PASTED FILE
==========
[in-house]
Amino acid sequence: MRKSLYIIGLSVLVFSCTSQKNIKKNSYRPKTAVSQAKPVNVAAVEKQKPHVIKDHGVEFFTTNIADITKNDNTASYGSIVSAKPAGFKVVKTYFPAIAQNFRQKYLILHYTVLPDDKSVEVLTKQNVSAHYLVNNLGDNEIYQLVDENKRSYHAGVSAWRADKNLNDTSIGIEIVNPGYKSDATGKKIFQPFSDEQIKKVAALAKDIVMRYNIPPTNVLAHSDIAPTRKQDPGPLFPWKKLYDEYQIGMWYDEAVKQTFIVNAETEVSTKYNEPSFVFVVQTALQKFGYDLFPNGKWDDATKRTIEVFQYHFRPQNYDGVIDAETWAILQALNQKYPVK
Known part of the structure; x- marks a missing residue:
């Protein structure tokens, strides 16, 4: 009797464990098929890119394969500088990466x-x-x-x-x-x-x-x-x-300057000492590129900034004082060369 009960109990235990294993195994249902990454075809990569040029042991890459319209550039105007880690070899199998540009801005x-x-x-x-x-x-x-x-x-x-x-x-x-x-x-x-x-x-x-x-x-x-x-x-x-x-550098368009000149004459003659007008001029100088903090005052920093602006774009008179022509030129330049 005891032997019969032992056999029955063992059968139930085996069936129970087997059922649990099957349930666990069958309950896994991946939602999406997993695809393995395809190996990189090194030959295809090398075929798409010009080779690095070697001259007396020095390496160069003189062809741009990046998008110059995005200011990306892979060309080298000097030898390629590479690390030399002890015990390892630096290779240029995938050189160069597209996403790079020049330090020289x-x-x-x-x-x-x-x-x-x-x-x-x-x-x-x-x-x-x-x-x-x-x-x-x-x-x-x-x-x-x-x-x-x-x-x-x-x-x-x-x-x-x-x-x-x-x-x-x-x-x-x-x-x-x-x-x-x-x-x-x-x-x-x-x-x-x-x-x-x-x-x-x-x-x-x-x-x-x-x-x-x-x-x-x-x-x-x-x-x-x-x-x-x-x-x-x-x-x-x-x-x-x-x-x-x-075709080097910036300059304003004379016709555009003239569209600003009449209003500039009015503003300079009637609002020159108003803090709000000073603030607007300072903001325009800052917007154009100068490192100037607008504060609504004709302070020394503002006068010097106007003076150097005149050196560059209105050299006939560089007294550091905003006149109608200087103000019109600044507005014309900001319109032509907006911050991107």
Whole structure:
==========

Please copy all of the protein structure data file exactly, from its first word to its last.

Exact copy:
[in-house]
Amino acid sequence: MRKSLYIIGLSVLVFSCTSQKNIKKNSYRPKTAVSQAKPVNVAAVEKQKPHVIKDHGVEFFTTNIADITKNDNTASYGSIVSAKPAGFKVVKTYFPAIAQNFRQKYLILHYTVLPDDKSVEVLTKQNVSAHYLVNNLGDNEIYQLVDENKRSYHAGVSAWRADKNLNDTSIGIEIVNPGYKSDATGKKIFQPFSDEQIKKVAALAKDIVMRYNIPPTNVLAHSDIAPTRKQDPGPLFPWKKLYDEYQIGMWYDEAVKQTFIVNAETEVSTKYNEPSFVFVVQTALQKFGYDLFPNGKWDDATKRTIEVFQYHFRPQNYDGVIDAETWAILQALNQKYPVK
Known part of the structure; x- marks a missing residue:
């Protein structure tokens, strides 16, 4: 009797464990098929890119394969500088990466x-x-x-x-x-x-x-x-x-300057000492590129900034004082060369 009960109990235990294993195994249902990454075809990569040029042991890459319209550039105007880690070899199998540009801005x-x-x-x-x-x-x-x-x-x-x-x-x-x-x-x-x-x-x-x-x-x-x-x-x-x-550098368009000149004459003659007008001029100088903090005052920093602006774009008179022509030129330049 005891032997019969032992056999029955063992059968139930085996069936129970087997059922649990099957349930666990069958309950896994991946939602999406997993695809393995395809190996990189090194030959295809090398075929798409010009080779690095070697001259007396020095390496160069003189062809741009990046998008110059995005200011990306892979060309080298000097030898390629590479690390030399002890015990390892630096290779240029995938050189160069597209996403790079020049330090020289x-x-x-x-x-x-x-x-x-x-x-x-x-x-x-x-x-x-x-x-x-x-x-x-x-x-x-x-x-x-x-x-x-x-x-x-x-x-x-x-x-x-x-x-x-x-x-x-x-x-x-x-x-x-x-x-x-x-x-x-x-x-x-x-x-x-x-x-x-x-x-x-x-x-x-x-x-x-x-x-x-x-x-x-x-x-x-x-x-x-x-x-x-x-x-x-x-x-x-x-x-x-x-x-x-x-075709080097910036300059304003004379016709555009003239569209600003009449209003500039009015503003300079009637609002020159108003803090709000000073603030607007300072903001325009800052917007154009100068490192100037607008504060609504004709302070020394503002006068010097106007003076150097005149050196560059209105050299006939560089007294550091905003006149109608200087103000019109600044507005014309900001319109032509907006911050991107």
Whole structure: